In this paper, we report magnetotransport measurements on multilayer epitaxial graphene of few layers obtained under conditions which favor controlled growth at high temperatures . Dirac fermion heating in the high current limit is studied. It is found that in the low magnetic field regime, the effective Dirac fermion temperature obeys a simple power law TDF ∝ I≈0.5. Such results suggest that the Dirac fermion-phonon scattering rate 1/τDFP ~ T2, consistent with those in conventional 2D electron systems. With increasing magnetic field, interestingly, a current-independent point in the longitudinal resistivity is observed. It was demonstrated that such a point corresponds to the direct I-QH transition characterized by a T-independent point in ρxx. This result is further supported by the vastly different I dependences for both sides of the I-QH transition. Our new experimental results, together with recent experimental results [19, 20], indicate that direct I-QH transition is a universal effect in graphene. We suggest that further experimental and theoretical studies are required to obtain a complete picture for direct I-QH transition in graphene-based devices.
A controlled sublimation method was used for graphene growth on a 6H-SiC (0001) surface . First, the SiC substrate was cleaned using a standard procedure for substrate cleaning . Second, the optically polished Si-face surface was placed face-to-face with a polished graphite disk (FTG) and arranged such that uniform Newton rings were observed in fluorescent light . The optically finished substrate surfaces resulted in a higher rate of SiC decomposition compared to chemical–mechanical processed (CMP) surfaces and created multiple graphene layers.
The epitaxial growth process was controlled by annealing in a sequence of temperature ramp and dwell stages in Ar background gas at a pressure slightly higher than 1 atm using a commercial furnace. The substrates were first dehydrated and cleaned in the furnace at 725°C for approximately 16 h. The temperature was ramped to 1,200°C for 30 min and then ramped at 100°C/min for graphene growth at a temperature (dwell time) of 1,850°C (45 min; samples 1 and 2) or 1,950°C (30 min; samples 3 and 4). The temperatures were measured and controlled using molybdenum-sheathed type ‘C’ thermocouples.
If p = 2 [10, 25], then the exponent in the temperature-scaling relation is 0.5 [21, 26–28] which is consistent with our experimental results obtained on Dirac fermions. We note that our experimental results are equivalent to a T4 dependence of energy loss rate for Dirac fermions as calculated  and observed in epitaxial, CVD-grown and exfoliated graphene [10, 30]. It is worth pointing out that previous results are obtained in the plateau-plateau transition regime [26, 27, 31] and Shubnikov-de Haas region , which is in contrast with our case in the weak insulating regime where Landau quantization is not significant. Nevertheless, our data indeed indicate such a universal exponent at approximately 0.5 for heating in various 2D systems. Moreover, our results suggest that the Dirac fermion-phonon scattering rate 1/τDFP is proportional to T2. It is worth noting that enhanced mobility can be achieved in semiconductor quantum wires  and in semiconducting graphene nanoribbons  by a high dc electric field. Such interesting results are highly desirable for practical applications in narrow graphene devices in the high current limit.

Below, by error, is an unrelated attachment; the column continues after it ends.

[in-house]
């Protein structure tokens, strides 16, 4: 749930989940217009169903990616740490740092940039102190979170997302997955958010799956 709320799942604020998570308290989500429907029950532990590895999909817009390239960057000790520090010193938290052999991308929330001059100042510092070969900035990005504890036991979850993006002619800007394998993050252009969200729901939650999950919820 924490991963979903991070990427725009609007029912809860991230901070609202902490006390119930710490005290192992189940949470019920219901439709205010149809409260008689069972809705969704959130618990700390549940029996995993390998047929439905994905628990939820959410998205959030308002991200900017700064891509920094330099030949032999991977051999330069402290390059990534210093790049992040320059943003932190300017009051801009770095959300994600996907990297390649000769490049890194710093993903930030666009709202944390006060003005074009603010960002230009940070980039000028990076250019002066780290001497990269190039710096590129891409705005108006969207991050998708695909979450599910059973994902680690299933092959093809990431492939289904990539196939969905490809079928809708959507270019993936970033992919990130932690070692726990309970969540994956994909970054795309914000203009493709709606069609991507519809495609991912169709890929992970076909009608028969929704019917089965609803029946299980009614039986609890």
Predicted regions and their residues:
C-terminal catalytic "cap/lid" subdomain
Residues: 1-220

n (1013 cm−2)
ρxx/ρxy at Bc
At the crossing fields, the corresponding Landau filling factors are much larger than 2. Therefore, we have observed direct I-QH transition in all our devices [17–20]. It was argued that for direct I-QH transition in conventional semiconductor-based 2D systems, near the crossing field, ρxx is approximately ρxy, and the product of μBc is close to 1 . However, in all our devices, ρxx/ρxy is much greater than 1, and μBc is always smaller than 1. Therefore, our data suggest that further studies are required to obtain a thorough understanding of the direct I-QH transition not only in conventional 2D systems but also in disordered graphene. The observation of a current-independent point in ρxx which corresponds to its temperature-independent counterpart suggests that applying a high current is equivalent to heating up the graphene lattice.
In conclusion, we have presented magnetoresistivity measurements on multilayer epitaxial graphene. It is found that a relation between the effective Dirac fermion temperature and the driving current can be given by TDF ∝ I≈0.5 in the low magnetic field regime. With increasing magnetic field, an I-independent point in ρxx is observed which is equivalent to its T-independent counterpart in the low current limit. Evidence for direct I-QH transition has been reported in four different graphene samples. Near the crossing field where the longitudinal resistivity is approximately T-independent, ρxx is at least two times larger than ρxy. Moreover, the product of Drude mobility and Bc is smaller than 1. We suggest that further studies are required to obtain a complete understanding of direct I-QH transition in disordered graphene.
This work was funded by the National Science Council (NSC), Taiwan and National Taiwan University (grant number 102R7552-2).